B. Alan Wallace, 05 Sep 2012

Meditation: transition from mindfulness of breathing with full body awareness to settling the mind. 

1) mindfulness of breathing with full body awareness: Feel the beginning of the in breath at the lower abdomen and let it flow from the bottom up. Let awareness illuminate the space of the whole body. Maintain non-conceptual flow of mindfulness of non-conceptual sensations associated with the in and out breaths, monitoring that mindfulness with introspection.

2) settling the mind: Eyes at least partially open, with absent gaze. As an anchor, maintain a general awareness of the breath. As the main practice, direct interest and awareness to the space of the mind and the thoughts and images arising therein. Simply observe the nature of thoughts and not their content. Don’t modify or grasp. Your awareness should be still while thoughts are in motion. 

There should be a deep sense of relaxation in both the body and awareness. Breathe through either the nostrils or the mouth as desired.

Meditation starts: 00:00

Download (MP3 / 16 MB)



Please find a comfortable position, we can go right in.

Let your awareness descend to and fill the body. Set your body at ease in stillness and in vigilance. And then as you totally relax into the respiration, relax and release so fully as you breathe out, that you feel the beginning of the in breath way down in the lower abdomen. As you allow the breath to effortlessly flow in, feel the sensations associated with the breath rise up from the bottom of the abdomen, up to the abdomen and up to diaphragm and in a deep breath, if the breath flows in deeply, then up into the chest like feeling a vase of water. Let the sensations of the in breath flow from the bottom up.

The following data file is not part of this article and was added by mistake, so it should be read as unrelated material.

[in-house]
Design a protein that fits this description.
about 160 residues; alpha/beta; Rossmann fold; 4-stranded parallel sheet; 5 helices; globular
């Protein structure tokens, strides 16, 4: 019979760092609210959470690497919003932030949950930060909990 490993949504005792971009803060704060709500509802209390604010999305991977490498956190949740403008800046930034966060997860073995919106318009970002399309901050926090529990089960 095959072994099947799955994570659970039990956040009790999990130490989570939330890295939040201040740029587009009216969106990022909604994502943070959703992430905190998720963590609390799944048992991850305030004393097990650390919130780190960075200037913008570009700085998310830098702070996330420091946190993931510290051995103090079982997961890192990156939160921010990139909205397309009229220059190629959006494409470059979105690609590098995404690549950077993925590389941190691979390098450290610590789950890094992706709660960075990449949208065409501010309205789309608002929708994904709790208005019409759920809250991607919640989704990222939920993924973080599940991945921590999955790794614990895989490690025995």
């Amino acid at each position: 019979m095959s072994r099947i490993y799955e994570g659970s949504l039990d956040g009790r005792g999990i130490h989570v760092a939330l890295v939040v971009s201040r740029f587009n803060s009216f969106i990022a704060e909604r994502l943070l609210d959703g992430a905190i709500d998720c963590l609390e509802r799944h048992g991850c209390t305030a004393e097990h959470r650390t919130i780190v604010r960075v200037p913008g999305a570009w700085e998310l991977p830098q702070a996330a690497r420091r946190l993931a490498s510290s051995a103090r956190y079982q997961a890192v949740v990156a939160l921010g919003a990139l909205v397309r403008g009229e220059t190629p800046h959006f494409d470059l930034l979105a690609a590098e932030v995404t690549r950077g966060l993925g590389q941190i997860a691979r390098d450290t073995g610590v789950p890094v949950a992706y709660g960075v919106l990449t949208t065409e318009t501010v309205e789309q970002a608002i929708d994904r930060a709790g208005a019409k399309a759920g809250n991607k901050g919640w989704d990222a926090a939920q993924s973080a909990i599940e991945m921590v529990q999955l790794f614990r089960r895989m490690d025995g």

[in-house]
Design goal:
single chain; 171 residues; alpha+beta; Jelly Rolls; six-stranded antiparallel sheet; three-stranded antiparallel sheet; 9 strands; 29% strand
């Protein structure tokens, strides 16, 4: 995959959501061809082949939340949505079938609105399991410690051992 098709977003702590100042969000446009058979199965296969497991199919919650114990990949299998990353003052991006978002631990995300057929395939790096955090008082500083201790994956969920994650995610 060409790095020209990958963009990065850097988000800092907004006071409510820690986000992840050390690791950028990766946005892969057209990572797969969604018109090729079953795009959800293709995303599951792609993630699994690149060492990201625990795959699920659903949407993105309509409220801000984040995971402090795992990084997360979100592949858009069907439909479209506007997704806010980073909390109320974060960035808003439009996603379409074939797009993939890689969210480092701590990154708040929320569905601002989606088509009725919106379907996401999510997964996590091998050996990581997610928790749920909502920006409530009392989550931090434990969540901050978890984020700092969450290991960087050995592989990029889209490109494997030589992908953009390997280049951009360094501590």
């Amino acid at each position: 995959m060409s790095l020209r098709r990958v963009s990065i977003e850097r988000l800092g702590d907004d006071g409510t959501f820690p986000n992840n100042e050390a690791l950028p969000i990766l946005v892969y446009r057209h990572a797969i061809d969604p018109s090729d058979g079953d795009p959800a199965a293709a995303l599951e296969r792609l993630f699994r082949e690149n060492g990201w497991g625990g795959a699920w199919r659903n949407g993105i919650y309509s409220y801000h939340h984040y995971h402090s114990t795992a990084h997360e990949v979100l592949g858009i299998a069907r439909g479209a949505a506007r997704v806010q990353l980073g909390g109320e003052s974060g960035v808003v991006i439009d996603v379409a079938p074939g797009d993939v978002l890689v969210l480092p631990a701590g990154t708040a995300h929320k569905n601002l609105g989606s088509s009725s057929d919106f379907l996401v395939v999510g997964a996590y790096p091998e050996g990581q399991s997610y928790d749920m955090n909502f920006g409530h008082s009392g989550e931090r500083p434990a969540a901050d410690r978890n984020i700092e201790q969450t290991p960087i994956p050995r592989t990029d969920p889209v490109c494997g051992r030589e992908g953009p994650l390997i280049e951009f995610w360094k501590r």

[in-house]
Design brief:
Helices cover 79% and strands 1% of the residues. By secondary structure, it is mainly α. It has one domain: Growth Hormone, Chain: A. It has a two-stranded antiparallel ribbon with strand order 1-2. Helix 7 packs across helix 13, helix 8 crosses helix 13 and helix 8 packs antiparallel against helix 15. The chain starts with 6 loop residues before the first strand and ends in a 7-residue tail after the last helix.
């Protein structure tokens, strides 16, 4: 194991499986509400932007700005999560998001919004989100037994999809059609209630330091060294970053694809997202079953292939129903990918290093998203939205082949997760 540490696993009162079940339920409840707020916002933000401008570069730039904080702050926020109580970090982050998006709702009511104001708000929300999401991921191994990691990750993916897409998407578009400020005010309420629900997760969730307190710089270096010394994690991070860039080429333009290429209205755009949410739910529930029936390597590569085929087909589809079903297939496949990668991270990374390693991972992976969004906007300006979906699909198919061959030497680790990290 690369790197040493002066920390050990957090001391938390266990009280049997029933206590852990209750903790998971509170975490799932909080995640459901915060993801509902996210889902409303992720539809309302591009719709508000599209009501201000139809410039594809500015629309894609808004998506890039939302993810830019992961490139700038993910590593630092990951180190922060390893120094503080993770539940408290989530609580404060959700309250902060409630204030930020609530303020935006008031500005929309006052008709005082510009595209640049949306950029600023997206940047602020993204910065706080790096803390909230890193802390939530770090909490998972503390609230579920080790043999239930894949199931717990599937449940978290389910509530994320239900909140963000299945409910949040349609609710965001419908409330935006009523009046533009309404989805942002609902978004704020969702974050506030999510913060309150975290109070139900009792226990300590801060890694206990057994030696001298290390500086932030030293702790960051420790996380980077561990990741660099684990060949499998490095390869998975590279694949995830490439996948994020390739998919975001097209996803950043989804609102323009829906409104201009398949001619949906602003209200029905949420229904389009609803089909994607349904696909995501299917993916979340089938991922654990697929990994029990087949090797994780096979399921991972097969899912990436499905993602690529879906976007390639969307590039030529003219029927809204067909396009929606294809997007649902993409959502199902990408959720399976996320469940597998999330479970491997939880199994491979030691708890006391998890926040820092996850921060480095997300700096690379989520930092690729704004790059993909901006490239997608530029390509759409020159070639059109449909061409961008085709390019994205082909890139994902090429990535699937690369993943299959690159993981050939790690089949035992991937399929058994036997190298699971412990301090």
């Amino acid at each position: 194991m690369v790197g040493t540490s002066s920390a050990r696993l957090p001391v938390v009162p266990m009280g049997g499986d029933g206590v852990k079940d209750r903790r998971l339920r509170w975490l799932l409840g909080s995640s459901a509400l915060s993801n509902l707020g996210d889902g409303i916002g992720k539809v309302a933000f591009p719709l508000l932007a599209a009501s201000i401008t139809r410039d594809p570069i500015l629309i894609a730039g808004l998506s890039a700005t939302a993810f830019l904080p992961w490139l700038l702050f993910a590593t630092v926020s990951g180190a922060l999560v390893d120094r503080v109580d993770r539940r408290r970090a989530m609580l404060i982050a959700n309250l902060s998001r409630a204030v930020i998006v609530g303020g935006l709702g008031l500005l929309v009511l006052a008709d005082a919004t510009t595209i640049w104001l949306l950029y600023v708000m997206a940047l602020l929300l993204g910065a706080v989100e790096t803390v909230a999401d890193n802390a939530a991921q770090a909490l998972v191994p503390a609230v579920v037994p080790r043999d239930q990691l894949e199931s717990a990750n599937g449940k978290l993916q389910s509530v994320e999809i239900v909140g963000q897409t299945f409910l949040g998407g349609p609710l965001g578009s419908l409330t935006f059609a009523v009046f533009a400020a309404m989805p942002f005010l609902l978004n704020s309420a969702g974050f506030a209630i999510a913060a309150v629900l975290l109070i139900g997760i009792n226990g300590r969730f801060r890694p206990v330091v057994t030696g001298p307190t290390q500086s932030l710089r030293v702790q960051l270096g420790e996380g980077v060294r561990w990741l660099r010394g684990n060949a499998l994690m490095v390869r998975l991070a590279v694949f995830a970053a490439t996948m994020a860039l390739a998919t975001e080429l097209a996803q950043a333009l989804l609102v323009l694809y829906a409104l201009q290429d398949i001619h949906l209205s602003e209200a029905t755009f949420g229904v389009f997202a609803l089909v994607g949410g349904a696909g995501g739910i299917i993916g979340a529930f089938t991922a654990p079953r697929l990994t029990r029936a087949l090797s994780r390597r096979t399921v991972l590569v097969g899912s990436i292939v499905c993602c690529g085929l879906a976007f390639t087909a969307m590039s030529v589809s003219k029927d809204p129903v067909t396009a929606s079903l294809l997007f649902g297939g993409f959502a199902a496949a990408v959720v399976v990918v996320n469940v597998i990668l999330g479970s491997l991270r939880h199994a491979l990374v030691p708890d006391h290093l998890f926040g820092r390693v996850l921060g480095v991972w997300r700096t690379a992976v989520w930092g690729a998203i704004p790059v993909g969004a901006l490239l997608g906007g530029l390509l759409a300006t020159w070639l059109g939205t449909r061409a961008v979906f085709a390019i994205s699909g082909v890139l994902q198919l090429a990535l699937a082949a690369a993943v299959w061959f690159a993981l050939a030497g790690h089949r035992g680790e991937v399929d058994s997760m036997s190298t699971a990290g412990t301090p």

(3:45) It’s only when you completely release control over the breath that you can begin to find it interesting. If you are controlling it you know exactly what is coming up next because you are doing it, but if it’s happening without your control, you never know what is coming up, and each breath is unique, and for that in breath you never know before it happens whether will be shallow or deep, faster or slow. So relax deeply into the breathing but with a high degree of interest, of clarity and looseness.

(5:26) Allow your mind to settle in its natural state of relaxation, stillness and clarity as you let the light of your awareness illuminate the whole field of the body , with a special interest in those sensations associated with in and out breath. Observe the ripple effect all the way through the body, and even into the legs and the arms, the whole body breathing.

(7:46) Direct your mindfulness single pointedly to the space of the body and within that space, to the tactile sensations associated with the breath, maintaining as continuous a flow of mindfulness as you can, while monitoring the flow of your mindfulness with your faculty of introspection. Noting whether thoughts are coming up, excitation, laxity, dullness, monitoring the mind with introspection while the main force of your attention is focused on the field or space of the body.